• I guess this then gives the lie to the price tables that get trotted out here then comparing countries and States? While all Oz States and the renewable fanboys in EU are high cost location , they are all roughly roughly comparable.

        My situation? sure. We are in a 3 bedroom house in regional VIC. Our power bill annually is covered by $130 a month which I bpay into the power company account, so $1560 annually. The house is well insulated, and has 3 reverse cycle A/Cs although rarely used simulatneously.

        Contrary to your comments I am not scoffing. Those are my facts. If someone is paying more than that qtrly, and the tables you publish here are also facts , then I have trouble believing the anectdote as a general indicator of real costs experienced by the customer base. JoNova had a funny phrase for it recently, cherry picked truthisms.

        Well aware of the VIC situation, I was recently in an email exchange with D’Ambrosio (or rather some of her flunkies, I dont think she can hold a real conversation on this topic). I asked her where renewables ever put “downward pressure” on costs anywhere on the planet. Never did get a clear , non evasive answer.

        My local community is going through the micro grid exercise. Personally I have set myself up with a generator and had my wiring arranged to simplify its use for the house. I have zero faith that we will enjoy the reliability that we once took for granted.

        You seem to want to rabidly defend anything that goes slightly of narrative in your blog, as is your right I suppose. If you only want happy clappy one sided responses then I will note that and return to just being a sometime reader.

        Cheers, Steve

      • We accept what Ian Plimer said about his power bill. Nothing rabid about that. So your power bill is defrayed by a micro grid? Which we assume connects your solar panels and your generator? And we assume it’s only a 2 person household. Hardly the average circumstance, solar panels, generators and being hooked up to micro grids. We like to compare apples with apples.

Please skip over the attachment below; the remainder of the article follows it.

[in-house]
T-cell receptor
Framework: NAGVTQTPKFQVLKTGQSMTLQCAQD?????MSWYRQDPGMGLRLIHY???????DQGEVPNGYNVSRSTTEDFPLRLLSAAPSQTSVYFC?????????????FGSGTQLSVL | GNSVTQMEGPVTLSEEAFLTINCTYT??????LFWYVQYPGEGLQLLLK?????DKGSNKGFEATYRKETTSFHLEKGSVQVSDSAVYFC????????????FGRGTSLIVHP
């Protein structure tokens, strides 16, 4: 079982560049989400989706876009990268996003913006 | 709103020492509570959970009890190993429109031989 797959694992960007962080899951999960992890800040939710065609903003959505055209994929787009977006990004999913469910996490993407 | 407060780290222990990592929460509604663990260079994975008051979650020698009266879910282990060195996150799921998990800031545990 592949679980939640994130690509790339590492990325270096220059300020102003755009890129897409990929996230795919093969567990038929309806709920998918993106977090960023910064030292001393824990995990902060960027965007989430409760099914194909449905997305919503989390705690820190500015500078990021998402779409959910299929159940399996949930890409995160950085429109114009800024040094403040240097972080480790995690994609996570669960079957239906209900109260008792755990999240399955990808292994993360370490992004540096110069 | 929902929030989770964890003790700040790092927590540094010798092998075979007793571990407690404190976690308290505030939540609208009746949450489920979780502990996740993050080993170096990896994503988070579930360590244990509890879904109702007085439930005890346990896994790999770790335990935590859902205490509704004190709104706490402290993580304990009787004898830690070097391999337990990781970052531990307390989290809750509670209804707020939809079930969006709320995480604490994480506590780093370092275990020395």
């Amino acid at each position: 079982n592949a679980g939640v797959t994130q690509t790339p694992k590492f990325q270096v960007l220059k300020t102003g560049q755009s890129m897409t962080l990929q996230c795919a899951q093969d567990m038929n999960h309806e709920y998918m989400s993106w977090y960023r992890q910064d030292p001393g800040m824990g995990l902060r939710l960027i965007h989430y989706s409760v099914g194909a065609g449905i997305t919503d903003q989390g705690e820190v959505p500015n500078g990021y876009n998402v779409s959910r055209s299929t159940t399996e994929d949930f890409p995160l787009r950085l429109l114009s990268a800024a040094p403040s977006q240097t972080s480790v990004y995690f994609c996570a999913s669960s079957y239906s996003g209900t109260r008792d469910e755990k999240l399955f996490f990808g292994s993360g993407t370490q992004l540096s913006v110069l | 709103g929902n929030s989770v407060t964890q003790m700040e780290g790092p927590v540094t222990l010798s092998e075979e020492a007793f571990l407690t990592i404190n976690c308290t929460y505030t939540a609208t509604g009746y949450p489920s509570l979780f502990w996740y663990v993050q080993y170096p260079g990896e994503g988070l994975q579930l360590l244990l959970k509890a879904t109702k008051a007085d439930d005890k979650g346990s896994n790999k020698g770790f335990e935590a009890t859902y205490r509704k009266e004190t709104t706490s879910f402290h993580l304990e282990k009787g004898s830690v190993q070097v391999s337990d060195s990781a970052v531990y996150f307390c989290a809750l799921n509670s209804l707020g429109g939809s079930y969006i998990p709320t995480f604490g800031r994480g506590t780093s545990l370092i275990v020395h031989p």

• No that was a separate pargraph , separate topic. The microgrid is just a gleam in the eye of a couple of ex consultants who , I suspect , are just looking to do the usual subsidy farming. The first step is a two hundred thousand dollar govt funded feasability study. With only a couple of hundred households in the area I am expecting wine and a cheese platter with my questionnaire.

      The generator is standby only and has yet to fire a shot in anger beyond testing (today with 40C+ in SA and VIC may change that). I never claimed to be the average circumstance , those are your words. I was trying to rationalise a quarterly bill that is roughly double our annual bil , used as a point railing against the system. It just leapt out at me as I am guessing the writer and I are at similar life stages. I also accept what Mr Pilmer said about his bill, that wasnt the substance of my comment.

      I guess its always your mileage may vary, and may simply be an example of two ends of the spectrum of possibilities. Our place is not very old and we overkilled everything to do with energy ratings, we did the same thing with our last (very old) place within the limits of practicality. Some levers are under our own control.

      Anyway I wish you well in your campaign against some of the most stupid and damaging energy technology man has conjured up.

  5. And all because of this infatuation with CO2 (carbon dioxide). This gas is measured in parts per MILLION and is present in our atmosphere in percentage terms of 0.04% !!! Boy! is this gas powerful ! To be present in such a tiny amount and able to CONTROL our climate ! You have to give it to it – coming tops when water vapour is 95% of our atmosphere !!!!